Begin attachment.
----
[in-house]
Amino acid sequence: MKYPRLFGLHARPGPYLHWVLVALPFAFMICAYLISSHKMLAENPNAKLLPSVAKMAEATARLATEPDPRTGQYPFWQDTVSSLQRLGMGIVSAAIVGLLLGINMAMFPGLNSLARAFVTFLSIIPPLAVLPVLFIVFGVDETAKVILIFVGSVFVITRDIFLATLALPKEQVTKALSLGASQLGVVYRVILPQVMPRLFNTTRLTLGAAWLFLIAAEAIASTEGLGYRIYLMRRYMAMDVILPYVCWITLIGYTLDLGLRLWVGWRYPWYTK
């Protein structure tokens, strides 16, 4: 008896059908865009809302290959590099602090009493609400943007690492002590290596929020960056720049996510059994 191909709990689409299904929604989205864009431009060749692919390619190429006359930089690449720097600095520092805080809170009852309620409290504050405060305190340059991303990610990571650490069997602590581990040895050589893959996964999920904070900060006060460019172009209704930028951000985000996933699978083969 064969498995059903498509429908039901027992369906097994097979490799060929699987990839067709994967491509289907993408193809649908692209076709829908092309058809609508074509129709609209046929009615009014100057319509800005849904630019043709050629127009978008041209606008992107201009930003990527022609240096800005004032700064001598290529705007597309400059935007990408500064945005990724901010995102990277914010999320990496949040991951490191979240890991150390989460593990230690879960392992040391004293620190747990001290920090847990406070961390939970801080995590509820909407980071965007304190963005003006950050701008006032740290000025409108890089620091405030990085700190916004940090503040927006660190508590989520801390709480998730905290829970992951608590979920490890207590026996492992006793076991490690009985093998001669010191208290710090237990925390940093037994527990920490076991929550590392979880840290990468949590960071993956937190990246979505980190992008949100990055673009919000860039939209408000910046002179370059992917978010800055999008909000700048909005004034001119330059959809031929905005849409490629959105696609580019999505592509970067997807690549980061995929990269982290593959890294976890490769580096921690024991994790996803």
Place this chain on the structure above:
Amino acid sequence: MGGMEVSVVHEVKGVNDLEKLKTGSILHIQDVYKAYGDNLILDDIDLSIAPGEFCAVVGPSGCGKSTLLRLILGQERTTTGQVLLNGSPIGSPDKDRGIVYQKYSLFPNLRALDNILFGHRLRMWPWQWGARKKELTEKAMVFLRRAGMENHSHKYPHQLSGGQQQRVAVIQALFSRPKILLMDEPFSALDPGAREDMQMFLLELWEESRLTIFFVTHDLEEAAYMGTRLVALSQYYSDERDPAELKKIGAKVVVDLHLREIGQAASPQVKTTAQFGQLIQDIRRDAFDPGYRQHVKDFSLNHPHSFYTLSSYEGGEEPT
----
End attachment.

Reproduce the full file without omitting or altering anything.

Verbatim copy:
[in-house]
Amino acid sequence: MKYPRLFGLHARPGPYLHWVLVALPFAFMICAYLISSHKMLAENPNAKLLPSVAKMAEATARLATEPDPRTGQYPFWQDTVSSLQRLGMGIVSAAIVGLLLGINMAMFPGLNSLARAFVTFLSIIPPLAVLPVLFIVFGVDETAKVILIFVGSVFVITRDIFLATLALPKEQVTKALSLGASQLGVVYRVILPQVMPRLFNTTRLTLGAAWLFLIAAEAIASTEGLGYRIYLMRRYMAMDVILPYVCWITLIGYTLDLGLRLWVGWRYPWYTK
């Protein structure tokens, strides 16, 4: 008896059908865009809302290959590099602090009493609400943007690492002590290596929020960056720049996510059994 191909709990689409299904929604989205864009431009060749692919390619190429006359930089690449720097600095520092805080809170009852309620409290504050405060305190340059991303990610990571650490069997602590581990040895050589893959996964999920904070900060006060460019172009209704930028951000985000996933699978083969 064969498995059903498509429908039901027992369906097994097979490799060929699987990839067709994967491509289907993408193809649908692209076709829908092309058809609508074509129709609209046929009615009014100057319509800005849904630019043709050629127009978008041209606008992107201009930003990527022609240096800005004032700064001598290529705007597309400059935007990408500064945005990724901010995102990277914010999320990496949040991951490191979240890991150390989460593990230690879960392992040391004293620190747990001290920090847990406070961390939970801080995590509820909407980071965007304190963005003006950050701008006032740290000025409108890089620091405030990085700190916004940090503040927006660190508590989520801390709480998730905290829970992951608590979920490890207590026996492992006793076991490690009985093998001669010191208290710090237990925390940093037994527990920490076991929550590392979880840290990468949590960071993956937190990246979505980190992008949100990055673009919000860039939209408000910046002179370059992917978010800055999008909000700048909005004034001119330059959809031929905005849409490629959105696609580019999505592509970067997807690549980061995929990269982290593959890294976890490769580096921690024991994790996803």
Place this chain on the structure above:
Amino acid sequence: MGGMEVSVVHEVKGVNDLEKLKTGSILHIQDVYKAYGDNLILDDIDLSIAPGEFCAVVGPSGCGKSTLLRLILGQERTTTGQVLLNGSPIGSPDKDRGIVYQKYSLFPNLRALDNILFGHRLRMWPWQWGARKKELTEKAMVFLRRAGMENHSHKYPHQLSGGQQQRVAVIQALFSRPKILLMDEPFSALDPGAREDMQMFLLELWEESRLTIFFVTHDLEEAAYMGTRLVALSQYYSDERDPAELKKIGAKVVVDLHLREIGQAASPQVKTTAQFGQLIQDIRRDAFDPGYRQHVKDFSLNHPHSFYTLSSYEGGEEPT